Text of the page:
If Plame is genuinely sorry, it’s only because she was caught red handed, her xenophobia exposed for the world to see. More troubling than Plame’s bald-faced anti-Semitism however, is the fact that the left was all too willing to embrace her despite her rancid, conspiracy-laced views, which based on her public twitter feed, were well known.
Plame’s sordid story is not unlike Michael Scheuer’s, another ex-CIA case officer who rose to stardom in 2004 but whose career, overtaken by his extreme hatred of Jews, tanked. By 2014, he was toxic. Like Plame, Scheuer was highly critical of the Bush administration and the wars in Iraq and Afghanistan and like Plame that was sufficient for him to become the darling of the left. But Scheuer began to obsessively direct his criticism toward Israel, the “neo-cons” and ultimately, the Jews, claiming not unlike Plame, that they were driving America’s wars and maintained dual loyalties. Scheuer has thankfully been regulated to the marginal fringes where his drivel now appears on conspiracy sites and hopefully, the same just fate awaits Plame.
Irrespective of the efforts of marginal and unhinged racist characters like Plame, Scheuer and Giraldi, the bonds between the U.S. and Israeli intelligence services remain excellent. The two nations share the same strategic threats and core values. On everything from the Islamic Republic to ISIS, Israel’s and America’s views are aligned. The Trump administration’s appointment of Mike Pompeo – who has a strong and solid record on Israel – as CIA director ensures that intelligence ties between the United States and Israel will continue to remain strong and broaden.
Israel’s National Labor Court this week ruled that a Bedouin woman, divorced and living in a polygamous family (with her husband and his second wife), is entitled to National Insurance Institute income support benefits in addition to her ex-husband’s income – even though she continues to live near his home with her mother-in-law and their children, Globes reported.
Salami al-Zayadneh, a Bedouin woman, sought to receive income support benefit as she would be entitled to if she lived apart from her husband whom she had divorced. Except that she never left the family compound – which was noted by both the National Insurance Institute and the Regional Labor Court in rejecting her claim, ruling that there was no change in her way of life, and that she continued to maintain a common household with her “ex” husband.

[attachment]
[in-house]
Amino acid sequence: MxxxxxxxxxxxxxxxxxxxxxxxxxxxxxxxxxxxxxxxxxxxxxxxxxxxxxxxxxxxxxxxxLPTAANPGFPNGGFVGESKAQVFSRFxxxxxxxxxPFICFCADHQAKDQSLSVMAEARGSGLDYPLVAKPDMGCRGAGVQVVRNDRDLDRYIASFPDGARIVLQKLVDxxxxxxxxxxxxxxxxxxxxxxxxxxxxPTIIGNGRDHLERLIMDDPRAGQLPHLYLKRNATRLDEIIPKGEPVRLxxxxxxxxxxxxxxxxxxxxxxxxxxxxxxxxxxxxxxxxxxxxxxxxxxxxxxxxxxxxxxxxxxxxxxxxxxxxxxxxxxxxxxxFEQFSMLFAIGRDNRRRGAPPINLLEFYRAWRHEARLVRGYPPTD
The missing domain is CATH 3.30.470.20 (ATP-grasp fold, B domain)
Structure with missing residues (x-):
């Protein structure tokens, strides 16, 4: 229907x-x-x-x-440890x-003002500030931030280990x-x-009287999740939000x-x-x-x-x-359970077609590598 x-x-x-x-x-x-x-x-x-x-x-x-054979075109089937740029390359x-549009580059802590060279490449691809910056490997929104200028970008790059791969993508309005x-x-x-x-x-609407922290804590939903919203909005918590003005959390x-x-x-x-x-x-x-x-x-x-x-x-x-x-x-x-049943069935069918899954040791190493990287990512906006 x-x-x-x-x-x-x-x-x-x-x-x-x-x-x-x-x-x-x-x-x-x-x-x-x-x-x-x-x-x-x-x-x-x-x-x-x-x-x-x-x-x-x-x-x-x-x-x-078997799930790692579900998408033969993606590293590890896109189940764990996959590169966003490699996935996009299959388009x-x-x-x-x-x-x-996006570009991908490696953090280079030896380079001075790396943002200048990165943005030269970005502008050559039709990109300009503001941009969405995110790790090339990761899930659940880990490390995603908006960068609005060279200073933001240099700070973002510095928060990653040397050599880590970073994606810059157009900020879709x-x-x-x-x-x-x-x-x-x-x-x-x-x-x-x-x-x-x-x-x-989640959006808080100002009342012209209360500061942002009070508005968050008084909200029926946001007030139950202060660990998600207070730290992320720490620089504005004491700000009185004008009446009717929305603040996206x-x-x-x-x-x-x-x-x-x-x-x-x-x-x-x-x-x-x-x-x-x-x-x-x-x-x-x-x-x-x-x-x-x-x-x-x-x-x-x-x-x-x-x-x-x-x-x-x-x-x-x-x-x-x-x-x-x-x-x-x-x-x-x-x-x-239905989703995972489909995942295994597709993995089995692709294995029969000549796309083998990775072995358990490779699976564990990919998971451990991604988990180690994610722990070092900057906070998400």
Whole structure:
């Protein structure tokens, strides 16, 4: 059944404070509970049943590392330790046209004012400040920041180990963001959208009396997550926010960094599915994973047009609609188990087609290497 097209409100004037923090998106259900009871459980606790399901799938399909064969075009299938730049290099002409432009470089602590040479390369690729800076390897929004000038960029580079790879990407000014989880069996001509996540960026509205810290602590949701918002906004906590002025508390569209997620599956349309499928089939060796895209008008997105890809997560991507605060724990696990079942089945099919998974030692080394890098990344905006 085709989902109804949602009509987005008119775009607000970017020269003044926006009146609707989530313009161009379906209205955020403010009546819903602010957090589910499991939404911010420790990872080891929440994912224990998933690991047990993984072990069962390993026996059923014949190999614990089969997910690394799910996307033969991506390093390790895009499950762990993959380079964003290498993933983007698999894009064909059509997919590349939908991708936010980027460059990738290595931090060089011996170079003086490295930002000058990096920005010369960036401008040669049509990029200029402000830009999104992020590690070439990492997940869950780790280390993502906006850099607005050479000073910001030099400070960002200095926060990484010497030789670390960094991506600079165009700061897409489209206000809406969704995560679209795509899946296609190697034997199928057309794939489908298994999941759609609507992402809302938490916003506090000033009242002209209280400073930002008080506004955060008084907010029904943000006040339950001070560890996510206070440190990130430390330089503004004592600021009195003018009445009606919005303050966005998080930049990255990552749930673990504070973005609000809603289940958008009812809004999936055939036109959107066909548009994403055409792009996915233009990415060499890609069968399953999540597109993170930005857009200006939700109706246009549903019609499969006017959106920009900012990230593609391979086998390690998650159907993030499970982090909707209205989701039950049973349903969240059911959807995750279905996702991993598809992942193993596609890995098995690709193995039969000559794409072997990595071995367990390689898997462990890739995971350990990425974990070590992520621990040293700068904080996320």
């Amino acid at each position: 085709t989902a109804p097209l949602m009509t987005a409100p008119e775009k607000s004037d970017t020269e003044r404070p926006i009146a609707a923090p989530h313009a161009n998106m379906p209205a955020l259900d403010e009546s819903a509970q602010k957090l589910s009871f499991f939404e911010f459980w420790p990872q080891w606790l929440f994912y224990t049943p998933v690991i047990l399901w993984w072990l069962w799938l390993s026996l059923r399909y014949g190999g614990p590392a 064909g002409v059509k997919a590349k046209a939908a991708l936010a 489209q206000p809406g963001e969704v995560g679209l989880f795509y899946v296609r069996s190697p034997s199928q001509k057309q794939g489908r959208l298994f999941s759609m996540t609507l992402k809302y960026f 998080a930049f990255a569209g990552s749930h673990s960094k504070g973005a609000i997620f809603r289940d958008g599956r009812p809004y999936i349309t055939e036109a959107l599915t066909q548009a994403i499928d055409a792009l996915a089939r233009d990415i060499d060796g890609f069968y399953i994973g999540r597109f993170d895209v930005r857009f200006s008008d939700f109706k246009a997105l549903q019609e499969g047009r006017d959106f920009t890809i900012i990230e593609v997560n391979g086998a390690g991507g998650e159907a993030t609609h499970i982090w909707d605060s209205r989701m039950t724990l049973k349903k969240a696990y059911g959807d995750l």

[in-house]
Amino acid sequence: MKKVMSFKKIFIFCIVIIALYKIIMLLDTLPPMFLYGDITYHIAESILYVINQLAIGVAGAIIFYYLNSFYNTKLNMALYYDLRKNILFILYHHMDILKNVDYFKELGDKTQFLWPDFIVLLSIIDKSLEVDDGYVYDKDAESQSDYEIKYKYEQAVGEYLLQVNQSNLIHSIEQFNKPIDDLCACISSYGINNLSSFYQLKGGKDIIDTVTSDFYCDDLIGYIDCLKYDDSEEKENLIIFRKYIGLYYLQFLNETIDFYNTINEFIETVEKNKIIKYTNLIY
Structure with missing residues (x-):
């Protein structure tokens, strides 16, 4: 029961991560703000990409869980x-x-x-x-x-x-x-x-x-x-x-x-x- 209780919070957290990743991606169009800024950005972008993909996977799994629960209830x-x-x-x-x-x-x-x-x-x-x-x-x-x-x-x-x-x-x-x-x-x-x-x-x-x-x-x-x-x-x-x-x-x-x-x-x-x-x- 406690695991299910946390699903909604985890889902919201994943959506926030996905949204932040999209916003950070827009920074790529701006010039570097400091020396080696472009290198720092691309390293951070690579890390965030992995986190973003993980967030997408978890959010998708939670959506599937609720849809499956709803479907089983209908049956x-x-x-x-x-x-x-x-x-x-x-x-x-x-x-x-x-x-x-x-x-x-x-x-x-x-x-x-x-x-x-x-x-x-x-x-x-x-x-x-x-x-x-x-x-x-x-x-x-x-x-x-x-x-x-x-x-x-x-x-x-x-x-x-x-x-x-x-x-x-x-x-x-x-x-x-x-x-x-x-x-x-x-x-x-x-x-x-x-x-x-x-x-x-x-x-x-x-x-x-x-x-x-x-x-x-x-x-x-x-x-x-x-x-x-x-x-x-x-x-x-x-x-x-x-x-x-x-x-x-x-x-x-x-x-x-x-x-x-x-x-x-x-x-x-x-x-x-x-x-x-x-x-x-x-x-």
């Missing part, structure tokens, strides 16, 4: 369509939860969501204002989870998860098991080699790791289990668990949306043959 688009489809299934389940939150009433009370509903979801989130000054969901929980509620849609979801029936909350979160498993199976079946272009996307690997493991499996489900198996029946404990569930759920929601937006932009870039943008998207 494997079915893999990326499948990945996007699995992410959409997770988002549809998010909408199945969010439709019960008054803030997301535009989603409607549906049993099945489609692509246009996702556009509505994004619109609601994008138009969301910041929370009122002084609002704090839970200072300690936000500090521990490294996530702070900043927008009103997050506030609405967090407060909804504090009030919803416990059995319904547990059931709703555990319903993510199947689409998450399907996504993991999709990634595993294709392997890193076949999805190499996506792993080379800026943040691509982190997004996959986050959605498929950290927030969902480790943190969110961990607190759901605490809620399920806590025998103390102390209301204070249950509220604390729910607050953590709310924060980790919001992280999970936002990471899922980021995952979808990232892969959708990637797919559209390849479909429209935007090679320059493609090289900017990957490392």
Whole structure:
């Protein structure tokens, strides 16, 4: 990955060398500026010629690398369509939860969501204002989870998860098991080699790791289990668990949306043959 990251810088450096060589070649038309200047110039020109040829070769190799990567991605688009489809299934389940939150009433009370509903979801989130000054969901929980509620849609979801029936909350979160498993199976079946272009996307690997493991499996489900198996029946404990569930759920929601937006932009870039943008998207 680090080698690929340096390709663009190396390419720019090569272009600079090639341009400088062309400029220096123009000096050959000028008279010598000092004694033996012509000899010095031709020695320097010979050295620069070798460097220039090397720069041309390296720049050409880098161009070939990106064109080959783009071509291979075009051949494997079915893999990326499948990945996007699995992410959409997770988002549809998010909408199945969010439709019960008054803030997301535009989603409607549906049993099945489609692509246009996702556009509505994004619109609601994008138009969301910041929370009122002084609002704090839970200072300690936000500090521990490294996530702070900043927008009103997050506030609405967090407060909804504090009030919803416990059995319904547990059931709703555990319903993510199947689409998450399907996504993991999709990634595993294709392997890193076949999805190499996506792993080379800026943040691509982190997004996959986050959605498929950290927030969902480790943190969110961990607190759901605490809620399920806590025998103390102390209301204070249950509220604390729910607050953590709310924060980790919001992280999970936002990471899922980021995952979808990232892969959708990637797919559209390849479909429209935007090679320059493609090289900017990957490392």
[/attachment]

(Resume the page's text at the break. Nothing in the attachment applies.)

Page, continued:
A billboard in Toulouse commemorating the victims of Mohammed Merah’s gun attack on the Ozar Hatorah school in March 2012. Photo: File.
Chaotic scenes broke out on Wednesday at the trial in France of the brother of an Islamist extremist who carried out a spree of terrorist attacks around the southern city of Toulouse in March 2012, including a gun assault on a Jewish school that resulted in the brutal murders of a rabbi along with three young children.
Shouts and jeers erupted from the gallery at the court in Paris during the testimony of Zoulika Aziri — the mother of 35-year-old Abdelkader Merah, who could face a life sentence if he is found guilty of having aided his brother, Mohammed, in carrying out three separate terror attacks between March 11-19, 2012. Mohammed Merah was shot and killed by French police on March 22 of that year at the culmination of a 30-hour siege after he was tracked down.
The evidence is mounting that Iran is not only violating the spirit of the no-nukes deal, but that it is also violating its letter. The prologue to the deal explicitly states: “Iran reaffirms that under no circumstances will Iran ever seek, develop or acquire any nuclear weapons.” This reaffirmation has no sunset provision: it is supposed to be forever.
Yet German officials have concluded that Iran has not given up on its goal to produce nuclear weapons that can be mounted on rockets. According to Der Tagesspiegel, a Berlin newspaper:
“Despite the nuclear agreement [reached with world powers in July 2015], Iran has not given up its illegal activities in Germany.
An outbreak of bubonic plague in Madagascar is quickly becoming an epidemic, giving a grim look into how this dreaded disease, once known as the Black Death, killed off one-third of the entire world population.